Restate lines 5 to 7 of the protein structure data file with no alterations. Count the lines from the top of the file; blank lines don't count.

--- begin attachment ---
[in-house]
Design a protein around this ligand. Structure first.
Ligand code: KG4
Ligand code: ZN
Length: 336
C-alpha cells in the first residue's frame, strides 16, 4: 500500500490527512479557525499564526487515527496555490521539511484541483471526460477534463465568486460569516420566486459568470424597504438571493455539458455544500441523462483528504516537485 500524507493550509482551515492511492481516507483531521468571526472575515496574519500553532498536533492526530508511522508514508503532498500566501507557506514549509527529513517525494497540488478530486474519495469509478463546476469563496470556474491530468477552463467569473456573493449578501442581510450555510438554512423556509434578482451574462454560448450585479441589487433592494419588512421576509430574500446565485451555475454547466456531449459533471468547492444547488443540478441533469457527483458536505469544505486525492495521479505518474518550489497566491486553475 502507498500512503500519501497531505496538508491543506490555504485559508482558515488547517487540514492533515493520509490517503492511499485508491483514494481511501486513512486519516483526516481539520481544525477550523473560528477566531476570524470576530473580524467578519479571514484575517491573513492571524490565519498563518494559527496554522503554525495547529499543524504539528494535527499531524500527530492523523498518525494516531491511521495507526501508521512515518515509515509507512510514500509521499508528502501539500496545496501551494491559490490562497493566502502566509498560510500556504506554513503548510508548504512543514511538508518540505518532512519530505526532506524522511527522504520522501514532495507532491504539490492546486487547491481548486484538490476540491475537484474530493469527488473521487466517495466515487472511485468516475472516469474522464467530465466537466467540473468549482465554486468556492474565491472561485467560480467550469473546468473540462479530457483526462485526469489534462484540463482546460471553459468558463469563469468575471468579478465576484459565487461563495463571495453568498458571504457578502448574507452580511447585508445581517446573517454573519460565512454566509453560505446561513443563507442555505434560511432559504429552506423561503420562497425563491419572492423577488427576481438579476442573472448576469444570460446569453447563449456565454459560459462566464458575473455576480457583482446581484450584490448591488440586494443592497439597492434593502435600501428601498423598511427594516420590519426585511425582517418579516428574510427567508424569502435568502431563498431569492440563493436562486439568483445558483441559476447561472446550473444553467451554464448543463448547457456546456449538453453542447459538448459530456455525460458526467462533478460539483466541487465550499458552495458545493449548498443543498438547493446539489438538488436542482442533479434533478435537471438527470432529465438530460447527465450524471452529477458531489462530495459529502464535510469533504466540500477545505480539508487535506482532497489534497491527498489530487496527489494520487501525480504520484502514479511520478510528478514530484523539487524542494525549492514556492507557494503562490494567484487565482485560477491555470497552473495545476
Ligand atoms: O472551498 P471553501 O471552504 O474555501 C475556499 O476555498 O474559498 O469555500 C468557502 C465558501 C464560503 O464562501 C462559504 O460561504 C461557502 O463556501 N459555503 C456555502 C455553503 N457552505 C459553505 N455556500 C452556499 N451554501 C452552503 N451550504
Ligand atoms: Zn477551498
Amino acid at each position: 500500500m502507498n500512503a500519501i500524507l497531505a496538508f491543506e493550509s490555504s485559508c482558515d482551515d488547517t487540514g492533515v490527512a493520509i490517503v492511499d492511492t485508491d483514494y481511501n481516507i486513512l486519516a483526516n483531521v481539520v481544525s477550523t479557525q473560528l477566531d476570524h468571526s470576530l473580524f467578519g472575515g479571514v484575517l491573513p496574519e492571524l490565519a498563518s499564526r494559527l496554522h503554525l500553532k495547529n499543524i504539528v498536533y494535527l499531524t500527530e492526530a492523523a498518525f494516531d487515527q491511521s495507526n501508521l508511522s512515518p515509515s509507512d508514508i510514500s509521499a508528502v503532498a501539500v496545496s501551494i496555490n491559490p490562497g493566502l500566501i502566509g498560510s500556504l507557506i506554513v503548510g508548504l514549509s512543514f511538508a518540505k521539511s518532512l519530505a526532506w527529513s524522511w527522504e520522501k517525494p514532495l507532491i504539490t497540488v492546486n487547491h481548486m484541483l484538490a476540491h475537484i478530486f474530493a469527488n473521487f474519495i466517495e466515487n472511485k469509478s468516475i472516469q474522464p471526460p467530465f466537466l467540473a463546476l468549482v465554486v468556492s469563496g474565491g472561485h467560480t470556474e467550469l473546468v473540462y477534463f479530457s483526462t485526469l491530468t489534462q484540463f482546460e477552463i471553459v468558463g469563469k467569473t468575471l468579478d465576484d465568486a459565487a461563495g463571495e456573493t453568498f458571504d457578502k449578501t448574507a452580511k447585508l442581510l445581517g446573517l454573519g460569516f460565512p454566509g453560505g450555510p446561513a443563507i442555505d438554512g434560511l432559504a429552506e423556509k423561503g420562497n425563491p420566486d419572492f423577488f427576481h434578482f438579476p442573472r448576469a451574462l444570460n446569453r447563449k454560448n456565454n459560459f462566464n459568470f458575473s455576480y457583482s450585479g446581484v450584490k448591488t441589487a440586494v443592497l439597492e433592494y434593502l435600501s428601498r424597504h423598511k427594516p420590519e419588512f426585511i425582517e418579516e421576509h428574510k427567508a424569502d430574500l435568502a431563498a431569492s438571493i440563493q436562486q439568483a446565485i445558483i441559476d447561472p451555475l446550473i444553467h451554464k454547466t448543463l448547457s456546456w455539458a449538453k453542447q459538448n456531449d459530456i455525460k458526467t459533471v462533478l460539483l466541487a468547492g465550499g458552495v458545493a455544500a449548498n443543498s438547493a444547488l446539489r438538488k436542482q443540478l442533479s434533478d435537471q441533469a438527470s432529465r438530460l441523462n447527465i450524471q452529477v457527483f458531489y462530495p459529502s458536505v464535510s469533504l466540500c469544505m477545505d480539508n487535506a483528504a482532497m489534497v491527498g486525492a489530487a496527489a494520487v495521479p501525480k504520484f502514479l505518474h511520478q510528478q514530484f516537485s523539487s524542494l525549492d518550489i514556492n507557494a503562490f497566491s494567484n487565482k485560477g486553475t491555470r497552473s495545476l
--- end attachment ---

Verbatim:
Length: 336
C-alpha cells in the first residue's frame, strides 16, 4: 500500500490527512479557525499564526487515527496555490521539511484541483471526460477534463465568486460569516420566486459568470424597504438571493455539458455544500441523462483528504516537485 500524507493550509482551515492511492481516507483531521468571526472575515496574519500553532498536533492526530508511522508514508503532498500566501507557506514549509527529513517525494497540488478530486474519495469509478463546476469563496470556474491530468477552463467569473456573493449578501442581510450555510438554512423556509434578482451574462454560448450585479441589487433592494419588512421576509430574500446565485451555475454547466456531449459533471468547492444547488443540478441533469457527483458536505469544505486525492495521479505518474518550489497566491486553475 502507498500512503500519501497531505496538508491543506490555504485559508482558515488547517487540514492533515493520509490517503492511499485508491483514494481511501486513512486519516483526516481539520481544525477550523473560528477566531476570524470576530473580524467578519479571514484575517491573513492571524490565519498563518494559527496554522503554525495547529499543524504539528494535527499531524500527530492523523498518525494516531491511521495507526501508521512515518515509515509507512510514500509521499508528502501539500496545496501551494491559490490562497493566502502566509498560510500556504506554513503548510508548504512543514511538508518540505518532512519530505526532506524522511527522504520522501514532495507532491504539490492546486487547491481548486484538490476540491475537484474530493469527488473521487466517495466515487472511485468516475472516469474522464467530465466537466467540473468549482465554486468556492474565491472561485467560480467550469473546468473540462479530457483526462485526469489534462484540463482546460471553459468558463469563469468575471468579478465576484459565487461563495463571495453568498458571504457578502448574507452580511447585508445581517446573517454573519460565512454566509453560505446561513443563507442555505434560511432559504429552506423561503420562497425563491419572492423577488427576481438579476442573472448576469444570460446569453447563449456565454459560459462566464458575473455576480457583482446581484450584490448591488440586494443592497439597492434593502435600501428601498423598511427594516420590519426585511425582517418579516428574510427567508424569502435568502431563498431569492440563493436562486439568483445558483441559476447561472446550473444553467451554464448543463448547457456546456449538453453542447459538448459530456455525460458526467462533478460539483466541487465550499458552495458545493449548498443543498438547493446539489438538488436542482442533479434533478435537471438527470432529465438530460447527465450524471452529477458531489462530495459529502464535510469533504466540500477545505480539508487535506482532497489534497491527498489530487496527489494520487501525480504520484502514479511520478510528478514530484523539487524542494525549492514556492507557494503562490494567484487565482485560477491555470497552473495545476
Ligand atoms: O472551498 P471553501 O471552504 O474555501 C475556499 O476555498 O474559498 O469555500 C468557502 C465558501 C464560503 O464562501 C462559504 O460561504 C461557502 O463556501 N459555503 C456555502 C455553503 N457552505 C459553505 N455556500 C452556499 N451554501 C452552503 N451550504